I’m always looking for the next best, simplified skincare regime that gives me the results I’m looking for without having to use 17 products everyday. Especially now that my new career has demanded so much from me these last couple of months, I’m drifting more towards a skincare regime with fewer products but with a more targeted approach.
Helloooo, I’m back! It’s been a while since I wrote my last blog post two months ago, adjusting to my new job and my new life routine has meant my blog has been put on the back burner in the meantime. I hope to resume as normal from herein, so I hope you’re up for hearing more from me!
Something that I’ve learned slowly over the years is that skincare doesn’t have to be complicated, nor does it have to be extravagant. There’s no point spending money on an 8-product skincare regime if you’re only going to regularly use three of them daily. You just need to find exactly what your skin needs and stick with it – usually that doesn’t necessitate any more than a small handful of specially-curated products. It’s a trial and error process obviously, and can be frustrating – especially with so much confusing info out there and the extremely saturated market of skincare products available.
I was handed an opportunity to trial a new three-step product regime from a rising Australian cosmeceutical skincare company, Skin Health Science. What attracted me to the brand was their back story and their premise for their brand: keep a skincare routine simple enough that people will actually comply to the directions of use but combine active ingredients in high enough concentrations to produce meaningful results. That’s what we all want, right? But something we don’t always seem to get. The brand was created by two registered nurses who also have backgrounds in clinical cosmetics. They understand our skin as the delicate organ it is, and is passionate about taking evidence-based approaches to our skincare. If it’s been trialled on patients with clinically significant results, they want to know about it.
Skin Health Science have launched their brand with a three-product regime including the Carbo Cleanser, REM Repair Serum, and the RP Moisturiser. Firstly, the branding for this company is ace. I love the packaging, the labelling and the presentation of the products. It’s very ‘me’. As for what I thought about the products in singular? There is one product from the range that has become perhaps my favourite product ever in it’s category. Read on to find out which it is!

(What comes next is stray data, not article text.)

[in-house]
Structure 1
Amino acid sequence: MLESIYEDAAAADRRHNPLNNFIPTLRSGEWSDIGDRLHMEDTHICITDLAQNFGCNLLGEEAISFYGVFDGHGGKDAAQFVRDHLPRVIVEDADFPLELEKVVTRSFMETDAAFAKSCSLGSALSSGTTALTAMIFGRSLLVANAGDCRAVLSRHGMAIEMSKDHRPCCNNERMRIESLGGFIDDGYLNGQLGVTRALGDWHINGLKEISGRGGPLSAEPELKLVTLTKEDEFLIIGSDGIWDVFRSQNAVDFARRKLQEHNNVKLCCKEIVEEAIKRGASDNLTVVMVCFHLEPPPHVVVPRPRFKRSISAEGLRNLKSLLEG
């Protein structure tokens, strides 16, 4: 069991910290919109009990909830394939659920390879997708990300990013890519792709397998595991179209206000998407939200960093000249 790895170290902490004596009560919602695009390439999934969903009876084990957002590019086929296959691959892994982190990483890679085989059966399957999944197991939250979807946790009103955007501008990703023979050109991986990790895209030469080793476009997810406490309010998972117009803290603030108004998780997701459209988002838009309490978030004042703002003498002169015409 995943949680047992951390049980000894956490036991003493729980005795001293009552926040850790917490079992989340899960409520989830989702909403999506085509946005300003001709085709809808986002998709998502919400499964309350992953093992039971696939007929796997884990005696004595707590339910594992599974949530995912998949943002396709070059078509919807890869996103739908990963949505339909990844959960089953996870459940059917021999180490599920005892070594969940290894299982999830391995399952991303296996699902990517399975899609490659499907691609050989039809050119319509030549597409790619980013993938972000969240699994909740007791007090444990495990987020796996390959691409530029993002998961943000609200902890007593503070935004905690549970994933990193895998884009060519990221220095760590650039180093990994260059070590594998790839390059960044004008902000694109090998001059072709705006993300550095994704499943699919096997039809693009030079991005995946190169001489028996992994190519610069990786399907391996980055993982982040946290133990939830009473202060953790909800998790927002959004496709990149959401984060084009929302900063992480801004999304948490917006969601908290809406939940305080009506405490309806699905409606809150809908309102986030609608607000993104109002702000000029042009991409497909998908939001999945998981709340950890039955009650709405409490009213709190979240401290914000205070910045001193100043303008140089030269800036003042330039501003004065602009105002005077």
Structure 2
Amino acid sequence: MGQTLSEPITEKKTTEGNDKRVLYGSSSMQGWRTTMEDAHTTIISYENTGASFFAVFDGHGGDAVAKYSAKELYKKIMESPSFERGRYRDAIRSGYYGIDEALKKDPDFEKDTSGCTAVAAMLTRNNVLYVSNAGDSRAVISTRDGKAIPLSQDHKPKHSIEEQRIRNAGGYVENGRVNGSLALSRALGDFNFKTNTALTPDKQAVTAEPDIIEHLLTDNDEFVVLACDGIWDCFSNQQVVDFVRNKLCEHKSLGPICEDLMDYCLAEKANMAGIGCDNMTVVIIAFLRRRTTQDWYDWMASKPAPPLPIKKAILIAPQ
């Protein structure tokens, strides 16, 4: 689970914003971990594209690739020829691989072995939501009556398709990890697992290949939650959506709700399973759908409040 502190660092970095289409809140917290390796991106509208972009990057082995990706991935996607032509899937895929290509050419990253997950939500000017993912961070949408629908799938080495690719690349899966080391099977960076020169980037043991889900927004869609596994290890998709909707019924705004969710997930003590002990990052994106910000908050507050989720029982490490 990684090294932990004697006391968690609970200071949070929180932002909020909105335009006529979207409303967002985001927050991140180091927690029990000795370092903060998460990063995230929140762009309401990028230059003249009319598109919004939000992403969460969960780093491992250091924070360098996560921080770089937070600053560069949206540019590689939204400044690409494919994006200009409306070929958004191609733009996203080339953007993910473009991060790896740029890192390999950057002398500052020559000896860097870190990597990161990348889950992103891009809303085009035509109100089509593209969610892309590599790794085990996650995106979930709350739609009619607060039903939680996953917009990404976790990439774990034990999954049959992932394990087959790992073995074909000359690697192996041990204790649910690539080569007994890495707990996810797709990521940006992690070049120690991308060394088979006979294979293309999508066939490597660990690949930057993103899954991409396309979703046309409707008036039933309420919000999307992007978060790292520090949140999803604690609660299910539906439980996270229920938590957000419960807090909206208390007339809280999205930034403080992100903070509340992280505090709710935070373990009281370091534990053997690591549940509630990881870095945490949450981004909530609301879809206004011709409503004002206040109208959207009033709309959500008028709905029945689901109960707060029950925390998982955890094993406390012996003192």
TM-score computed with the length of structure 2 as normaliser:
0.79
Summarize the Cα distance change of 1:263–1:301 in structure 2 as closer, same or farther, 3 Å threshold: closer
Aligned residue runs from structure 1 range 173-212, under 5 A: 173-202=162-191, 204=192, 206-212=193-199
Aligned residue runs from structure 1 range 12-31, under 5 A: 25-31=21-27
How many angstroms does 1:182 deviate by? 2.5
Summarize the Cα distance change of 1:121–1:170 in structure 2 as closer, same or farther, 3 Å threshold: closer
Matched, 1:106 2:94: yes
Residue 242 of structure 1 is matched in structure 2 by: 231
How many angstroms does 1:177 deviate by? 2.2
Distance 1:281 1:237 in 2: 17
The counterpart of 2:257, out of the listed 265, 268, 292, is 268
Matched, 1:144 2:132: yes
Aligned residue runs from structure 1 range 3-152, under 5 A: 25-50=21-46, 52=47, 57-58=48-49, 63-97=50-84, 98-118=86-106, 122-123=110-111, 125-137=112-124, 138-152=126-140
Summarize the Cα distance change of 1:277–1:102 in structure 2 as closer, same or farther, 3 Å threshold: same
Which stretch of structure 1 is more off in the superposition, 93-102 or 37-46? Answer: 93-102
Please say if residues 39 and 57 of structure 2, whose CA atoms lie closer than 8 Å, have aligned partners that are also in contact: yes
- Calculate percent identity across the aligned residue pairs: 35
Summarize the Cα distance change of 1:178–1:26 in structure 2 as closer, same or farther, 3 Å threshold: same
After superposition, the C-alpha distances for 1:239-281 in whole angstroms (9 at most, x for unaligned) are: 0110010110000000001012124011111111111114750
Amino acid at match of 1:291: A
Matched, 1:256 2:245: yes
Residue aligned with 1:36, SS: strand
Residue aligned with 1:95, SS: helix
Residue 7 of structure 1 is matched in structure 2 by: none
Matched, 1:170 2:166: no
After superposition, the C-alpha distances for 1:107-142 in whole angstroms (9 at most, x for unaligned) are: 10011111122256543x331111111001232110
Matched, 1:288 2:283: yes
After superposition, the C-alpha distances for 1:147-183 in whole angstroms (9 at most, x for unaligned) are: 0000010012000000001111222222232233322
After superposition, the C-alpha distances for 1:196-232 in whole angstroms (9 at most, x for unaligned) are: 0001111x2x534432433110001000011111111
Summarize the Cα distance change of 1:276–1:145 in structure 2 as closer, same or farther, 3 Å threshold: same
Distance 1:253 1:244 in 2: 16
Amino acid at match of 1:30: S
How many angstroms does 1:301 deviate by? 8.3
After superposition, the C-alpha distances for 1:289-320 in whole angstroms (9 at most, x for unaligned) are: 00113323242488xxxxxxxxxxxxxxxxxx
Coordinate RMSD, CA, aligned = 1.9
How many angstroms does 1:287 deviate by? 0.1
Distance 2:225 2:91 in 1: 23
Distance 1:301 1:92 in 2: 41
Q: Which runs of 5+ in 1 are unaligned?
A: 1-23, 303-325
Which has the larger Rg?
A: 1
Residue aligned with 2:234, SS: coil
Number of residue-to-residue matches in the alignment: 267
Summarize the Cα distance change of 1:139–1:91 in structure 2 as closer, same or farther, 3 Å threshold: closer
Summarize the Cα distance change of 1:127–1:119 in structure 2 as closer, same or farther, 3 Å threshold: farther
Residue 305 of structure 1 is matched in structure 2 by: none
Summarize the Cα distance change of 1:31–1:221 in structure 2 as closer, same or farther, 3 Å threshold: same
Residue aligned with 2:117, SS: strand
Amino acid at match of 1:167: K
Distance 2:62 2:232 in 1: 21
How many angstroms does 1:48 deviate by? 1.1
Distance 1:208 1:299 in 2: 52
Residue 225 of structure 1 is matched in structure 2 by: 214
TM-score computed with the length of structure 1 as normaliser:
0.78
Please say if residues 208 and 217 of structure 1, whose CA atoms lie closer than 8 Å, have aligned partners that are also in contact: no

Cleansing is a daily ritual that I really savour, it’s one of my favourites part of my day! I have congestion prone acneic skin that gets pretty oily throughout the day, so I was really excited to try out the Carbo Cleanser from Skin Health Science since that is the type of the skin it seems more suited towards.
The hero product for Skin Health Science in this cleanser is activated charcoal, which has an amazing molecular affinity for impurities and toxins (as well as other molecules) when it is contact with them, which is why you see it used so much in skincare. In fact, it is used to treat some incidents of poisoning and as such is used in medicine (the poisoning agent is bound to the activated charcoal and expelled from the body as excrement rather than being absorbed into the body/bloodstream from the stomach). Interestingly, I have heard some vets recommend to orally administer activated charcoal powder to pets if they ingest anything toxic to them such as chocolate or avocado in an emergency if you can’t get to a vet straight away.
Exfoliating fruit extracts also feature in this Carbo Cleanser that collectively form a family of AHA’s to help increase cell turnover. I’ve talked about AHA’s (alpha hydroxy acids) before on the blog and their ability to aid in gentle and effective exfoliation of our skin without the use of heavy, mechanical exfoliators. Lactic acid tends to be a more gentle option than say, glycolic acid so those with less tolerant skin types may still be able to use lactic acid as a gentle exfoliator. Since it has a larger molecular size, it’s penetrability is weaker than glycolic acid. Generally, concentrations of 5% to 10% are best for an exfoliating effect.
Overall, I’m slightly surprised to see activated charcoal in this product considering the lack of quality scientific data to support it’s use in skincare, particularly in cleansers. Despite it’s demonstrated ability in the medical field, I’d like to see more investigations on it’s benefits in skincare. No questions about the inclusion of AHAs in this product though, they have such an evidence-filled history in skincare. Just some points regarding activated charcoal though: from my understanding, activated charcoal needs some time to properly bind and remove dirt and impurities – it’s molecular forces that attract dirt and impurities need time to work, so I try to give my cleanser the most time to work on my skin as I can. I also wonder about the affinity of activated charcoal for other molecules when used in a skincare formulation. Over time, would there be increased binding of the charcoal molecules to the other ingredients in the product, therefore reducing its efficacy? Hard to say, since there is scant info to support to deny this in published literature. But because activated charcoal doesn’t discriminate between ‘bad’ and ‘good’ molecules, you’d have to guess that it would also bind to some of the molecules in a total skincare formulation, right?